The key forward. A sometimes hulking, stoic figure. Sometimes an agile, speedy individual.
Either way, they can turn the game for a club with the kick of a goal or the clunk of a pack mark. What makes them so special? Why aren’t midfielders or even small forwards the most attractive position?
Well obviously defenders don’t heavily feature in the highlight reels or are the main reason tickets are bought to games.
To answer that question we just need to look back at history. Wayne Carey aka the King, Gary Ablett Senior aka the God, Tony Jason Dunstall, Tony Lockett. These guys are legendary key forwards of the 90s who are remembered better than all the champion midfielders of the same era such as Peter Matera, Robert Harvey and Greg Williams – because they kick goals.
They bring the crowds. They are the most loved players because traditionally and still, the key forwards get more goals than small forwards.
Small forwards, while skillful to a large extent, just don’t possess similar longevity. Of the past 30 years you can say that Eddie Betts and perhaps Chris Lewis were champions of the position. That’s it.
There has been many great key forwards who have brought success to their clubs. Carey, Ablett, Lockett and the like defined the 90s for their combined success and continued dominance. The 2000s produced barely a scratch on this. Matthew Lloyd was great but not Carey great.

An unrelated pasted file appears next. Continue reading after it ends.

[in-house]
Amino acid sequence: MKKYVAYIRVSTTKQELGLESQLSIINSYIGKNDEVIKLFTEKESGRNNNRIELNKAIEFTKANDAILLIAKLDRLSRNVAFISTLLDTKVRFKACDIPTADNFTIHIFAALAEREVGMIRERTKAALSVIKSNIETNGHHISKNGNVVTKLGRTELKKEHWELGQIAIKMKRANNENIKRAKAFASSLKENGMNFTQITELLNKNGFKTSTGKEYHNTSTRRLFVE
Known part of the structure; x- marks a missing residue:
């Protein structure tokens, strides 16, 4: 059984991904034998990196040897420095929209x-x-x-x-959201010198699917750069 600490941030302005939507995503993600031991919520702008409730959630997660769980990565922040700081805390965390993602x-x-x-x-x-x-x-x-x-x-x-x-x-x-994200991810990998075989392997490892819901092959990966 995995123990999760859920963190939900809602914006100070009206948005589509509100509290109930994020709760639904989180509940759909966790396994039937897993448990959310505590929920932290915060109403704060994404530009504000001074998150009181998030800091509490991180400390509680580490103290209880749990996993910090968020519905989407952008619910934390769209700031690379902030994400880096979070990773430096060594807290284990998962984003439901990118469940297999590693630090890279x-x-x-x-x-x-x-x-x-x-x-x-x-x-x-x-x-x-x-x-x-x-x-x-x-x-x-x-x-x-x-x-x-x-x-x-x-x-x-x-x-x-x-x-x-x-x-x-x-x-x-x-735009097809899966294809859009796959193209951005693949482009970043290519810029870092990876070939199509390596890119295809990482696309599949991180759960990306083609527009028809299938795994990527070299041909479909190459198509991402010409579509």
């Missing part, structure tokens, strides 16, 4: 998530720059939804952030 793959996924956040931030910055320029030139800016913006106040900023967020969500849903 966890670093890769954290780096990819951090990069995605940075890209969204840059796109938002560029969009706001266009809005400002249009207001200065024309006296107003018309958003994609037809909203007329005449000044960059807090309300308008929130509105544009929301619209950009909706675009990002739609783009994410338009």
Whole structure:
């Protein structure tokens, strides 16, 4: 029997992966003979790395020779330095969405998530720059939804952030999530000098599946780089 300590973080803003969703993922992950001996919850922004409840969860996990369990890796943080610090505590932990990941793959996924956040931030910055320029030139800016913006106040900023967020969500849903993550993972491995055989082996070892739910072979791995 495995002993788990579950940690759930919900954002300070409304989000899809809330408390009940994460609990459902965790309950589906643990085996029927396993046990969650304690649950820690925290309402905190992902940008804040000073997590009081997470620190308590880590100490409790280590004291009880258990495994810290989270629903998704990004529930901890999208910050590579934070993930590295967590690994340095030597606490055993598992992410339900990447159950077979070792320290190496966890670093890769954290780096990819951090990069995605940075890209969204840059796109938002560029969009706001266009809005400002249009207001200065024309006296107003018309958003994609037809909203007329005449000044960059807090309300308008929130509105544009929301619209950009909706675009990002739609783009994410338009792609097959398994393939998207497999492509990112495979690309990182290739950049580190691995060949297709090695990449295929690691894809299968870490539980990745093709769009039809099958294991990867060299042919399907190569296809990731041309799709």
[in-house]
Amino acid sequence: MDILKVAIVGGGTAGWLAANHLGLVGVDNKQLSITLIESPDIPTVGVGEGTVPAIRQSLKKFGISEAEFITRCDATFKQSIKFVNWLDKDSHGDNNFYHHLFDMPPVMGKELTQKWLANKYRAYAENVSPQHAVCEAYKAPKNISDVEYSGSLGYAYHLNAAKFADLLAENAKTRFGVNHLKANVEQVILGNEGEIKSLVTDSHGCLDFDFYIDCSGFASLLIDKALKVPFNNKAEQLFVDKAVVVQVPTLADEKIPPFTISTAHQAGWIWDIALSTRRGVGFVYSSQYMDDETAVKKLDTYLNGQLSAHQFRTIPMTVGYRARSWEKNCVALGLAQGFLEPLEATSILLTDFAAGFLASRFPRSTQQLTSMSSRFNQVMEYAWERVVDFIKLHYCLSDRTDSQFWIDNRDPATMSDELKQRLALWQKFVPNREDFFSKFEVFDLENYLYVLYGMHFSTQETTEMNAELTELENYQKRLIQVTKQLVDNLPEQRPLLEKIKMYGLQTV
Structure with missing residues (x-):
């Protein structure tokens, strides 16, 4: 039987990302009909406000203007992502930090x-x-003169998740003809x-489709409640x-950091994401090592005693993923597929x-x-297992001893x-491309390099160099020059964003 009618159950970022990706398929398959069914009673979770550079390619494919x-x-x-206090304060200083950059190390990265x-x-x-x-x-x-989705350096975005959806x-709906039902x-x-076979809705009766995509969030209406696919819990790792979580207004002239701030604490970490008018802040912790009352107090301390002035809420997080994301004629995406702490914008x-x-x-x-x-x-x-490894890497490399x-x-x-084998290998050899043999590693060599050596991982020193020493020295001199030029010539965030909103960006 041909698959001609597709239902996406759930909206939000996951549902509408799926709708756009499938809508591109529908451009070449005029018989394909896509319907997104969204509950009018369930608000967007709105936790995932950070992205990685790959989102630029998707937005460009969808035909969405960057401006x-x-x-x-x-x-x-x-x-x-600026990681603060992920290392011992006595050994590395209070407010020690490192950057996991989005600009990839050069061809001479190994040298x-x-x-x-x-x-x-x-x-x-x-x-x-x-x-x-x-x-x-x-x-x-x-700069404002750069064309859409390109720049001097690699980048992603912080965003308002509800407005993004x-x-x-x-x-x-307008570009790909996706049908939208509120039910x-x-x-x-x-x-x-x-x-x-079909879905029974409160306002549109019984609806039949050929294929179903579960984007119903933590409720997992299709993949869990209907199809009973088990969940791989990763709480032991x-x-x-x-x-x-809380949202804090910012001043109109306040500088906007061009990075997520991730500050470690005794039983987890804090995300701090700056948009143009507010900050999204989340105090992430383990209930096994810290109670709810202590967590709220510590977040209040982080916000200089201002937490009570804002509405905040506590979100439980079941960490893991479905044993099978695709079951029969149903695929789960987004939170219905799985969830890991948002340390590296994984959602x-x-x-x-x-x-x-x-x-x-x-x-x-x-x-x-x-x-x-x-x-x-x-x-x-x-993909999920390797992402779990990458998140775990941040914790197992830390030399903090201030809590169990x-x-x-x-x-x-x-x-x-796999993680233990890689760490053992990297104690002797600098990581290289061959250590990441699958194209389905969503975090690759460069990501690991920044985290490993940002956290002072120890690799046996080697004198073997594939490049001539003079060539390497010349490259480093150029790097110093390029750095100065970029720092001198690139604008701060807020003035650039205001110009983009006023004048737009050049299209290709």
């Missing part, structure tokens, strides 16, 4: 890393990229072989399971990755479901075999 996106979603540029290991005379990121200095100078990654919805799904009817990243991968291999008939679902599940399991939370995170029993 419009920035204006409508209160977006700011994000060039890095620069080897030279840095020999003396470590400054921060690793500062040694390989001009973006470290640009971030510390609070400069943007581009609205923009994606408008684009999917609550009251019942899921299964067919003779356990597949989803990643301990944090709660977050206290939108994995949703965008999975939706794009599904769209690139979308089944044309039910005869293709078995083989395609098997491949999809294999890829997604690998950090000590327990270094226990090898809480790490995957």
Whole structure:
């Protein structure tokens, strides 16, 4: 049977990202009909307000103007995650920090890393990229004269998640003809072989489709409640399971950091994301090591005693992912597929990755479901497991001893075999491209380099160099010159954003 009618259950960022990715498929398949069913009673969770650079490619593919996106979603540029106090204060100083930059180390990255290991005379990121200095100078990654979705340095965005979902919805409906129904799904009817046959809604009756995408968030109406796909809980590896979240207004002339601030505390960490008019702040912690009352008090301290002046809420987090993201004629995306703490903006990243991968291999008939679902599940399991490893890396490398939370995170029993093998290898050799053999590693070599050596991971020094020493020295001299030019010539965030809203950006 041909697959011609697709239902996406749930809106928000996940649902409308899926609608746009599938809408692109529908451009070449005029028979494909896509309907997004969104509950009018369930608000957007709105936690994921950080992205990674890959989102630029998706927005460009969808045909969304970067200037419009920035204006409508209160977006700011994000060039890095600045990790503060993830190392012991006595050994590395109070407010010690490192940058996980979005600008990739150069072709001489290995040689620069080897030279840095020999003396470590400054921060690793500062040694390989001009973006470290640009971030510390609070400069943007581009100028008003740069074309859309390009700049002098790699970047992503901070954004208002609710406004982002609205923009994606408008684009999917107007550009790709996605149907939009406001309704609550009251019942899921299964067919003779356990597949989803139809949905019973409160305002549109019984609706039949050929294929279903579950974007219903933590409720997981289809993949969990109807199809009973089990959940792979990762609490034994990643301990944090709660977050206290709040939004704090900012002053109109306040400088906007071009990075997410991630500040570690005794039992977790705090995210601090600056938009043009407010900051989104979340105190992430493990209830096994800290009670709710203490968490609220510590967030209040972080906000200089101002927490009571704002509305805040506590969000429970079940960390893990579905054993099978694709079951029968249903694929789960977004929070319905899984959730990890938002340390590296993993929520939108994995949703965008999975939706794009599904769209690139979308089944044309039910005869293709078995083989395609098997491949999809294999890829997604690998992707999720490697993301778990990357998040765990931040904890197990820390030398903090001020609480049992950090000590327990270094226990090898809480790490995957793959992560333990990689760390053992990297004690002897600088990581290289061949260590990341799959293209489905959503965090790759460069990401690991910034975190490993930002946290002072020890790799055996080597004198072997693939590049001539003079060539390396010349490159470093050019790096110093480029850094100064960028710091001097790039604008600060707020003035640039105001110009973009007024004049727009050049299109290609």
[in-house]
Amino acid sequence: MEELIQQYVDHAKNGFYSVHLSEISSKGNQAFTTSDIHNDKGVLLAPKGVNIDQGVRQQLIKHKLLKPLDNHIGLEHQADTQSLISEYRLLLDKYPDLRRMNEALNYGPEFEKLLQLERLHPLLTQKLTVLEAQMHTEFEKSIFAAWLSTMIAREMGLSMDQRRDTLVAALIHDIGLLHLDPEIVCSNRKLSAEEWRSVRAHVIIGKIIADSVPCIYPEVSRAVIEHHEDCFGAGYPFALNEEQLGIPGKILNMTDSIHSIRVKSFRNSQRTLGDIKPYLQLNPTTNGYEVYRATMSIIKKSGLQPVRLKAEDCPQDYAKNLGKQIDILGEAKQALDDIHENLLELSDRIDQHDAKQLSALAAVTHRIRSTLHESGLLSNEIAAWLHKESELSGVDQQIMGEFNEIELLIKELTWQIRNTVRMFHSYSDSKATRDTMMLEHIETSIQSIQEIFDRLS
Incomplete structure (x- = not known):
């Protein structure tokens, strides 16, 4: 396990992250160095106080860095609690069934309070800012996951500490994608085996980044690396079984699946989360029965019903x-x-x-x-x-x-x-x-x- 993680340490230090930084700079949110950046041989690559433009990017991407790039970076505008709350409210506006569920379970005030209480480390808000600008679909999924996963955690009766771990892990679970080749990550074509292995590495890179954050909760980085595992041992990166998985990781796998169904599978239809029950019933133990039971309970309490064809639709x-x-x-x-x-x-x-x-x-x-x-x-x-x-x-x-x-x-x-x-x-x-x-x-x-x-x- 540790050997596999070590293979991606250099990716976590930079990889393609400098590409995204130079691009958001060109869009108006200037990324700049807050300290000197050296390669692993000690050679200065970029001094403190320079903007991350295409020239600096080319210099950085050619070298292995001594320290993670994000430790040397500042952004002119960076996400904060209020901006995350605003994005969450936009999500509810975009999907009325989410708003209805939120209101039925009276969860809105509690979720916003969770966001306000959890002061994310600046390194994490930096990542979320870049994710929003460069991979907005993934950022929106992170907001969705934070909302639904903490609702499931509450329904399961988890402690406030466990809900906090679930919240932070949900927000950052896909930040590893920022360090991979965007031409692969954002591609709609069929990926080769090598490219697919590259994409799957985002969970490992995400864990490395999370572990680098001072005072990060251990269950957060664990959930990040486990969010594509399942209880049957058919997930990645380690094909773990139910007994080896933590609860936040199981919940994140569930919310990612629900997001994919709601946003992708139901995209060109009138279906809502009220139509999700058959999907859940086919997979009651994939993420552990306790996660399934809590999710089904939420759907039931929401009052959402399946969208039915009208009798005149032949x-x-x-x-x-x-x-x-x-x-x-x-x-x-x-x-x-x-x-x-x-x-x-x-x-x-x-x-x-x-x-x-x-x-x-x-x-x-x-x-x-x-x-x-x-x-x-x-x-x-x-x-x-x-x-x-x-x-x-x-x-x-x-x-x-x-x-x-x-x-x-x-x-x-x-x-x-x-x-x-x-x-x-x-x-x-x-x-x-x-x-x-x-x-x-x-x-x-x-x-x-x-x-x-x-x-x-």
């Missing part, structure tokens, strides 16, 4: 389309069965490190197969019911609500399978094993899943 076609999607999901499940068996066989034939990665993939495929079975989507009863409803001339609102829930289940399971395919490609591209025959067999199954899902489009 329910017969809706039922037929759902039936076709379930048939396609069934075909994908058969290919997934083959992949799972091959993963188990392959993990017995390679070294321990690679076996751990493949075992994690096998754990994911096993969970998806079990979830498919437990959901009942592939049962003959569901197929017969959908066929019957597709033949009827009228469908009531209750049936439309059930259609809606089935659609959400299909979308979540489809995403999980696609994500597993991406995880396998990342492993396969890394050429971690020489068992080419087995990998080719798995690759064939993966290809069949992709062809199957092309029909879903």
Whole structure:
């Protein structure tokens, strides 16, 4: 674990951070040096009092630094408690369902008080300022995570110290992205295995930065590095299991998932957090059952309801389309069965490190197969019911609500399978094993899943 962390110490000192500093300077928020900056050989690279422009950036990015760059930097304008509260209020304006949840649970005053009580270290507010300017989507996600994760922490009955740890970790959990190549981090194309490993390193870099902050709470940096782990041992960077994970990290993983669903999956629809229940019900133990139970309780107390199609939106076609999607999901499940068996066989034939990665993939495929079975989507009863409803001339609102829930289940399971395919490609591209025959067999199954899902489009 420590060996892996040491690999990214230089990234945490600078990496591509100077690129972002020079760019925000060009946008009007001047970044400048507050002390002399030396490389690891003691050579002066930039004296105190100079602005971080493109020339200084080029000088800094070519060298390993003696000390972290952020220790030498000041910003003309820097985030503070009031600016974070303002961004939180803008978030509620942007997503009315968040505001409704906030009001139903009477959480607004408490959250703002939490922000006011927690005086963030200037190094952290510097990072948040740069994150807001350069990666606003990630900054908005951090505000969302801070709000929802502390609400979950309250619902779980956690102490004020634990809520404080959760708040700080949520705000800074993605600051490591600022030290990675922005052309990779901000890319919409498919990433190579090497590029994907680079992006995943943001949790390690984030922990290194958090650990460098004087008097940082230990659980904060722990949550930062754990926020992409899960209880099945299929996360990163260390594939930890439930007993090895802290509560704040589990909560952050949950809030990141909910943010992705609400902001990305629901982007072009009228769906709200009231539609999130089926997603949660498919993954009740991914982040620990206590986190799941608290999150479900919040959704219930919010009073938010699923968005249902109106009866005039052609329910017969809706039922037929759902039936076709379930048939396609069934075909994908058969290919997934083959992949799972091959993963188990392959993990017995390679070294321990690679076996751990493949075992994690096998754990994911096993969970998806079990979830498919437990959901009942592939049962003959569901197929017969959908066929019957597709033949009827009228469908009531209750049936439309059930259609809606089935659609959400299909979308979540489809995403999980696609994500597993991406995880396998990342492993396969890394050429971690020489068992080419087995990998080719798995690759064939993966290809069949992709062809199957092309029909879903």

Jack Riewoldt, David Neates can’t even be considered as worthy of remembrance. The only true talent was Buddy Franklin and the greatest part of his career is arguably in the 2010s. So that brings me to the crux of this article.
After the absence of true great key position forwards in the 2000s are we finally back to the dominance and beauty they gave the game 25 years ago? I would say we finally are.
The obvious starter to this argument is Buddy Franklin. Who for the purposes of this article, we will call the Tank. He plays like nothing we have seen before in AFL. Yes, he is still a key forward. He just has ridiculous speed and strength and a booming kick that can turn a game. Successive Coleman Medals, all Australian jumpers and two premierships from the two greatest clubs of the last fifteen years. Legend.
This article wouldn’t have been written if not for the key forward on the list who I will nickname the Hulk. Josh J. Kennedy is the best traditional key forward in the AFL and has been for at least four years.
He reminds of the 90s more than anymore and his leads, contested marking and accurate set shots represent what Buddy doesn’t do. Together they now regularly vie for the trophy of the best key forward in the AFL. He too has successive Colemans and All Australian and is the most important for a club that seems destined to win a premiership in the coming years.
What did you say? There’s more. Many more.
Tom J. Lynch is the most important player for the Gold Coast Suns and in the infancy of his career, already has an all Australian jumper, a best and fairest and the captaincy of one of the AFL’s expansion clubs. He plays well and his club survives. He has claims to overtaking the aforementioned two champions and it seems right that someone from Gold Coast should do it. I give him the nickname the Machine.